Tuesday, October 2, 2007


Peter Berg's THE KINGDOM ****

Peter Berg's thrilling new action picture THE KINGDOM is a ballsy, big-budget Hollywood production that brings a surprising level of smarts to its relatively predictable and straight forward story. Action thrillers this topical are a rarity in today's action movie landscape; post 9/11, there haven't been many films to portray Arabs in a negative light, I'd assume out of a fear of backlash and condemnation. Whatever. I have to be honest, I am glad someone made a movie like THE KINGDOM. The truth of the matter is that while there are terrorists of all nationalities, Arab terrorists are extremely prevalent in today's society. And Hollywood's reluctance to actually portray terrorism in a serious way in major action movies has been noticeable. Now, whether or not your idea of entertainment is a film that centers on a terrorist bombing of American civilians and our government's response to such atrocities--that's a different story. Regardless, THE KINGDOM is a tightly focused procedural with solid acting, smart plotting, and an amazing visual style.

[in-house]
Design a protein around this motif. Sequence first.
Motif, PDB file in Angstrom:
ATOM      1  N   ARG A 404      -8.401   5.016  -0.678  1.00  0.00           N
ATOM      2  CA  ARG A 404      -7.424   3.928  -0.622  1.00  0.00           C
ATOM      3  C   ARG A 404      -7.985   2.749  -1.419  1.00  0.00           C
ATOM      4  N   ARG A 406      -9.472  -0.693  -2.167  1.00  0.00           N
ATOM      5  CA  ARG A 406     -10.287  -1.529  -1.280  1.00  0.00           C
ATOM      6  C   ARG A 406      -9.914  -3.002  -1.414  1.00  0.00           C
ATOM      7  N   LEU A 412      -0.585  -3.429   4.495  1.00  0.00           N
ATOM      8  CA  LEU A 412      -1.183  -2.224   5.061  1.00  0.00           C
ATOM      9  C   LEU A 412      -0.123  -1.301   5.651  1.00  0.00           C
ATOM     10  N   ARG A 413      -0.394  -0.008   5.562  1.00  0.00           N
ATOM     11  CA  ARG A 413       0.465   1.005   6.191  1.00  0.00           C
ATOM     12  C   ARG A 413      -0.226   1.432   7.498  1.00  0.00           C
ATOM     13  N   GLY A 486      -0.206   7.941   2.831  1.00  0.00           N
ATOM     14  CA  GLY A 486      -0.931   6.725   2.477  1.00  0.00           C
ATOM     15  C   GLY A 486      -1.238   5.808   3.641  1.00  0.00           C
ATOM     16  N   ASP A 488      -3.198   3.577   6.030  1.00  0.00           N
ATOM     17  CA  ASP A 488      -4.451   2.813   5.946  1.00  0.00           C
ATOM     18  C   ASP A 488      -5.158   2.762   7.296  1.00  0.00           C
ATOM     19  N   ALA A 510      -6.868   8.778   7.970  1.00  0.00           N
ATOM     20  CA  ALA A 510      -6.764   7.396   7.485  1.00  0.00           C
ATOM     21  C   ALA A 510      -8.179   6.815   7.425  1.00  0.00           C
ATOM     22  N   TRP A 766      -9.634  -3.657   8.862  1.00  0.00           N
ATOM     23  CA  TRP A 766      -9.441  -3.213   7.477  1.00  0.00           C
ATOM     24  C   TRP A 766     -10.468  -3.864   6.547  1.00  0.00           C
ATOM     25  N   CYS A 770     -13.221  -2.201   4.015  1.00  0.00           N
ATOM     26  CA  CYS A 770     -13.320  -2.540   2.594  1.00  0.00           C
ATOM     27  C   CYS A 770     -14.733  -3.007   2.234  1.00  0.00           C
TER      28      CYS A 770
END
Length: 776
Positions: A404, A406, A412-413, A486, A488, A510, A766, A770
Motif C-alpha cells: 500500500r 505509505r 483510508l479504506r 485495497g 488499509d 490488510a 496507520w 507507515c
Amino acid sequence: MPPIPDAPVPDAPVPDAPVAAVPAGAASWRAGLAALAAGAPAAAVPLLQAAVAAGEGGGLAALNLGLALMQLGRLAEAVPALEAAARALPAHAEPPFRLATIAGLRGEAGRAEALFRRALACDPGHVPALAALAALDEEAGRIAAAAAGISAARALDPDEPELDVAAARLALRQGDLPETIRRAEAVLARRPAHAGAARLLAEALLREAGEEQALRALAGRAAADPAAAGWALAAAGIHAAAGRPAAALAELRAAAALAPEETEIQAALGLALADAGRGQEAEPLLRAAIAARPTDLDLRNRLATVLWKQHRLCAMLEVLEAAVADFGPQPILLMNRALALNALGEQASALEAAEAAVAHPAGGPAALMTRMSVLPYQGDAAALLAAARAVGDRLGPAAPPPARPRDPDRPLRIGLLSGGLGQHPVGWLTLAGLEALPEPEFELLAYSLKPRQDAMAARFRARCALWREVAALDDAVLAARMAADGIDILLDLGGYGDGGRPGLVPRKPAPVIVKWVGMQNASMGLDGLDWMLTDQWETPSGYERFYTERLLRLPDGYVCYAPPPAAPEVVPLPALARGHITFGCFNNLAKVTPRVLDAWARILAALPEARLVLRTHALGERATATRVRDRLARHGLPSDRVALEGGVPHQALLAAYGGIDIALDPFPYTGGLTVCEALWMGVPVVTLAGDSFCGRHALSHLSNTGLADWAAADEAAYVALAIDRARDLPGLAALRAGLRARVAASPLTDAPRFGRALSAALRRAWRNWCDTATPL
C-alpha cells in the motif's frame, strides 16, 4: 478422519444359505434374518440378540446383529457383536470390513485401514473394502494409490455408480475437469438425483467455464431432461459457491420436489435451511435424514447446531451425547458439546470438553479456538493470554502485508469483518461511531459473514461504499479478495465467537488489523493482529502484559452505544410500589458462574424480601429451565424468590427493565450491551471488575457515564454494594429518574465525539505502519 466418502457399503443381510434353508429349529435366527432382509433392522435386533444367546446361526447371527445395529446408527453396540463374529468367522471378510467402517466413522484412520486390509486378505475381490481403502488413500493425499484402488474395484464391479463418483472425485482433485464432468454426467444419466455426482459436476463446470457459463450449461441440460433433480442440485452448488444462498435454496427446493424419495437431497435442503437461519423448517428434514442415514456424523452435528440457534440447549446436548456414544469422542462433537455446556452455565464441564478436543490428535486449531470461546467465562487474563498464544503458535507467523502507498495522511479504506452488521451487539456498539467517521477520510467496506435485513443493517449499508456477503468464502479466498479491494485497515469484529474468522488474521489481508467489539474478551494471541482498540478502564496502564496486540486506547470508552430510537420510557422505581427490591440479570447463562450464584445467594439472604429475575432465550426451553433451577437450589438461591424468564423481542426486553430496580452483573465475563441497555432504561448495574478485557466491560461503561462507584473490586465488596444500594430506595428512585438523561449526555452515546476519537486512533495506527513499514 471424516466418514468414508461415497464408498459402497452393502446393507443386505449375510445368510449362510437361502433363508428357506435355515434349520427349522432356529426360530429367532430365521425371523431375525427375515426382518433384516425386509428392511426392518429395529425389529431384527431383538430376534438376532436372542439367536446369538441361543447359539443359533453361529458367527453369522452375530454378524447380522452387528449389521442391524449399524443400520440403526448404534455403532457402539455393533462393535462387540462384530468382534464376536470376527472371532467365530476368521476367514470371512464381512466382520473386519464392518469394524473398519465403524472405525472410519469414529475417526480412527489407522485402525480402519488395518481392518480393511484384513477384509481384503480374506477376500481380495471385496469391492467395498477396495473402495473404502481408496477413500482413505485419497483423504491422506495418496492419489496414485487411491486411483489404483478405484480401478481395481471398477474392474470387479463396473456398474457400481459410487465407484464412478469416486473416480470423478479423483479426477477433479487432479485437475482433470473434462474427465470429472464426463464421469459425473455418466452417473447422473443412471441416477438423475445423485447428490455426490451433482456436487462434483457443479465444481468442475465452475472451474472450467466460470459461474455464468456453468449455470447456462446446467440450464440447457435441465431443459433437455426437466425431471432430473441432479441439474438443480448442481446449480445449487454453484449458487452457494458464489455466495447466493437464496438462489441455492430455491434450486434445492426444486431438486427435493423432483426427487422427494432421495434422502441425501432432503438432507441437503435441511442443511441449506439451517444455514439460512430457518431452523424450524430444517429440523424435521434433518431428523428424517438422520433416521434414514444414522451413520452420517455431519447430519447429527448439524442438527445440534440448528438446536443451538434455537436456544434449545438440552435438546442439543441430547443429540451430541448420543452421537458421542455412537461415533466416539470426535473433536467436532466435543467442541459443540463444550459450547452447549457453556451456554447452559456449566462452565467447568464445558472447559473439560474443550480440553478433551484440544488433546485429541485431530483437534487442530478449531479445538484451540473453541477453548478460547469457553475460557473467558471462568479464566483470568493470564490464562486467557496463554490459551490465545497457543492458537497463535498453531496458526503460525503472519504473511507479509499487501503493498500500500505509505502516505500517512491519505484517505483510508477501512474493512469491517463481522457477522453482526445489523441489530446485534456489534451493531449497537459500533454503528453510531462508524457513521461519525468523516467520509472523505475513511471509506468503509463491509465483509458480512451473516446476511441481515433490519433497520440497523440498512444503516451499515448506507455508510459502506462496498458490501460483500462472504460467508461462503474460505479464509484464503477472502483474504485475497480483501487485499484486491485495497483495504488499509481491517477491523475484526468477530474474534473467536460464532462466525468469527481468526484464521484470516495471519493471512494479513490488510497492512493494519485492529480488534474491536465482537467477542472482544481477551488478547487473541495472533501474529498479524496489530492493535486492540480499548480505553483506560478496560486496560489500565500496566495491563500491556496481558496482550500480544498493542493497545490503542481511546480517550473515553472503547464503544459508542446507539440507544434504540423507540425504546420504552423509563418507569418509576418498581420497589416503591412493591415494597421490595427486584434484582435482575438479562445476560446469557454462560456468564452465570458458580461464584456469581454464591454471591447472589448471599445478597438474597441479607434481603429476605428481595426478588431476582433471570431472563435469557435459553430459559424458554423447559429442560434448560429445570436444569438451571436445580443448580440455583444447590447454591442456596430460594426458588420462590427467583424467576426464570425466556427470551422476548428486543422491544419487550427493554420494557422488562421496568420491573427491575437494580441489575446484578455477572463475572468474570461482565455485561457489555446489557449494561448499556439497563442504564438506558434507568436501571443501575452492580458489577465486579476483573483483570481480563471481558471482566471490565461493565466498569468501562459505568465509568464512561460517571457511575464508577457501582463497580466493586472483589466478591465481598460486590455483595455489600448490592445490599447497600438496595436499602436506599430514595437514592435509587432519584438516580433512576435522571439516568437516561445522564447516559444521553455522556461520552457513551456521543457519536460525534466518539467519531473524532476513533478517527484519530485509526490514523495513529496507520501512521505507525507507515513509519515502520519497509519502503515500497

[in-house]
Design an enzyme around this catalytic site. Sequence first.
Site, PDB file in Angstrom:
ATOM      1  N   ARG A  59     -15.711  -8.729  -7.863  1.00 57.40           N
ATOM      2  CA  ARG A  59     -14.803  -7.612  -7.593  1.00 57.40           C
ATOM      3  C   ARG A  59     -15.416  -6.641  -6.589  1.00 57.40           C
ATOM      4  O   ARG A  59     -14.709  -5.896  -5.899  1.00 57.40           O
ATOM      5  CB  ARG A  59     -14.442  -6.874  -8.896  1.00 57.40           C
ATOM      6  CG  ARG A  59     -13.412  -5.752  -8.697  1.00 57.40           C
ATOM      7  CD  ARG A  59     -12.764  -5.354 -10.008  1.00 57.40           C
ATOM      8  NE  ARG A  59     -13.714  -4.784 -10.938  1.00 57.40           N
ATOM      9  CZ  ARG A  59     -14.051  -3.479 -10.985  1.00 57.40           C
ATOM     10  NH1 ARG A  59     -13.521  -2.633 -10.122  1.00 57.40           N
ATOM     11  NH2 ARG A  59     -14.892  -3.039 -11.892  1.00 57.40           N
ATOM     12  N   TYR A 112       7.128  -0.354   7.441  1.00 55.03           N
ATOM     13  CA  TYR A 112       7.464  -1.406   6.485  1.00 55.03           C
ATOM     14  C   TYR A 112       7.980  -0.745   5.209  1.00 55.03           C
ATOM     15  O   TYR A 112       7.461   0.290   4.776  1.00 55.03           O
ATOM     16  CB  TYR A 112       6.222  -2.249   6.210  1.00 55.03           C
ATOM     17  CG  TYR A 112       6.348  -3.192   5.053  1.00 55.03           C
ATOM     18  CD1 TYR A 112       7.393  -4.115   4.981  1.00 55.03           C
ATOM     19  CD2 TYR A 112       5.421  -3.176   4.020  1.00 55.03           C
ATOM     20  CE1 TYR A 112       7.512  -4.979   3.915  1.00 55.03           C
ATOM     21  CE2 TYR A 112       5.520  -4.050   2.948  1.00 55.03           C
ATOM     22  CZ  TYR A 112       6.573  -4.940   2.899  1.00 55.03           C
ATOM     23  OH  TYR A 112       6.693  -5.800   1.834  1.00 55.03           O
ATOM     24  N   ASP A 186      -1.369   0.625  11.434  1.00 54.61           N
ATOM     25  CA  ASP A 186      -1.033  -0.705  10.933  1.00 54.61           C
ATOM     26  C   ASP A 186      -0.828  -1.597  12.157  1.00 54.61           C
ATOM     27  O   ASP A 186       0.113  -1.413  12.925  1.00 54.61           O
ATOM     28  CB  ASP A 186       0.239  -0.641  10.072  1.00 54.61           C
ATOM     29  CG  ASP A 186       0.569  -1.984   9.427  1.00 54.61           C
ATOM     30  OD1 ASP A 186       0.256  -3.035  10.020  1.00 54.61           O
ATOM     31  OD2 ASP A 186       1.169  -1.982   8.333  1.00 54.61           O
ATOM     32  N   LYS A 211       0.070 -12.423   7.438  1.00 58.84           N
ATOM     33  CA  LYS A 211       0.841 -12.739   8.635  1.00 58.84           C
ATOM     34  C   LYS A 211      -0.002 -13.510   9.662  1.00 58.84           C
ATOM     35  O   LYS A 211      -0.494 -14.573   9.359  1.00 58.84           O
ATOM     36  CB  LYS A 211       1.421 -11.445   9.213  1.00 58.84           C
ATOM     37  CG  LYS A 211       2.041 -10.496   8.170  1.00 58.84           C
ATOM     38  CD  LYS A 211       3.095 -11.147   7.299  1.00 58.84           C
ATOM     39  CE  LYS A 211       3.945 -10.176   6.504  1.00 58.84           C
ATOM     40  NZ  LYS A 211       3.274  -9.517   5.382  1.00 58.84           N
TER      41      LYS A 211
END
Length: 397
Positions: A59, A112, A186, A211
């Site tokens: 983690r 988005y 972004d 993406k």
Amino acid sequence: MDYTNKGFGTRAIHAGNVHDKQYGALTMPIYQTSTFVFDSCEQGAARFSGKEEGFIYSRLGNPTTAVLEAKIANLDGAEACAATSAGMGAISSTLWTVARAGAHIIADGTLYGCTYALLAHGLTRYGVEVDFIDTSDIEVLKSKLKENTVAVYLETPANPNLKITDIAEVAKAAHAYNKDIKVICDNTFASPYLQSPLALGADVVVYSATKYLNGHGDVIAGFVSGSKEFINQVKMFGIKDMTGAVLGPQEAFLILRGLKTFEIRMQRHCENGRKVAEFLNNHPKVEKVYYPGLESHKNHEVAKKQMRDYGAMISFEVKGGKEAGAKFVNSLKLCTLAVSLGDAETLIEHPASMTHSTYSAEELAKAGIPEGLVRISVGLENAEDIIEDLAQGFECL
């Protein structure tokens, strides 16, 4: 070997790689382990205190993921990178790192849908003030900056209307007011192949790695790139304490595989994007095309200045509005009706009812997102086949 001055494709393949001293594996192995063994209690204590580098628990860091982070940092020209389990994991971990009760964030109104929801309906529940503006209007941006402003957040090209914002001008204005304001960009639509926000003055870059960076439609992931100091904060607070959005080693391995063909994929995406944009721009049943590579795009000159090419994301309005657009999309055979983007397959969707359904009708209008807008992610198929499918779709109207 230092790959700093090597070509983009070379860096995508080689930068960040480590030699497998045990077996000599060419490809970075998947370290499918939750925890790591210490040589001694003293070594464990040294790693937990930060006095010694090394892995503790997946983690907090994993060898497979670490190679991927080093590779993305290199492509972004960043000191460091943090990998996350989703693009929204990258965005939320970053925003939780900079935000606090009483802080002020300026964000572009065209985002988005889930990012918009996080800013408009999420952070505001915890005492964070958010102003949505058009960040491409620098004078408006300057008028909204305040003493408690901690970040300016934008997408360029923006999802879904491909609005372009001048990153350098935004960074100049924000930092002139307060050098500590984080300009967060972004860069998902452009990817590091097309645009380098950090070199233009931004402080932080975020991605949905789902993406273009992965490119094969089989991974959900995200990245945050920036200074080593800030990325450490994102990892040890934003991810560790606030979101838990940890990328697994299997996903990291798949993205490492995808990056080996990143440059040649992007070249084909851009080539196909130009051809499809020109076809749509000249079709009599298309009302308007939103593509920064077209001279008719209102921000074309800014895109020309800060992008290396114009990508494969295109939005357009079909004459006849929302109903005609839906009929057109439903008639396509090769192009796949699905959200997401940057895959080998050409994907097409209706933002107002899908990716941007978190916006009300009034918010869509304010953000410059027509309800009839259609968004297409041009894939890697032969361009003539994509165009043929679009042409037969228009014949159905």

I should first mention the opening credits sequence, which is a real wowser. During the first 5 minutes, the audience is presented with a very stylish animated timeline of our nation's relationship with Saudi Arabia, all stemming from the importance of oil. We're then plunged right into the action. A terrorist cell coordinates a multi-stage attack on an American housing complex in Saudi Arabia which leaves 100 people dead, many of whom are women and children. The movie doesn't shy away from graphic violence; rarely do you see a big-budget Hollywood action film that will actually show you on-screen deaths of women and children like THE KINGDOM does. Those moments, while shocking, are important. Without them, the filmmakers would be diluting the situation of its impact and realism. Innocent people die when terrorists strike, yet for the most part, Hollywood enjoys its killings bloodless and faceless. Not here. The FBI learns that a few agents were also killed in the attacks. They want to send a team of investigators over to Saudi Arabia to track down the people responsible but are blocked by government officials who don't want any extra strain on the all-important US-Saudi relations. Jamie Foxx, playing a senior FBI agent named Ronald Fleury, is able to blackmail the Saudi embassy (it's a clever bit of scripting though probably implausible) into allowing him and his team onto Saudi soil to try and apprehend the killers. Chris Cooper, Jennifer Garner, and Jason Bateman make up his team. They rendezvous with a sympathetic Saudi policeman named Faris, played by the excellent Ashraf Barhom, who was incredible in last year's PARADISE NOW. Faris is a family man and an honest cop, who is just as angry that Arab terrorists have lashed out in his country as the Americans are. He's put in charge with essentially babysitting Fleury and his team by the Saudi prince, telling them what they can and can't do, what they can and can't touch, etc.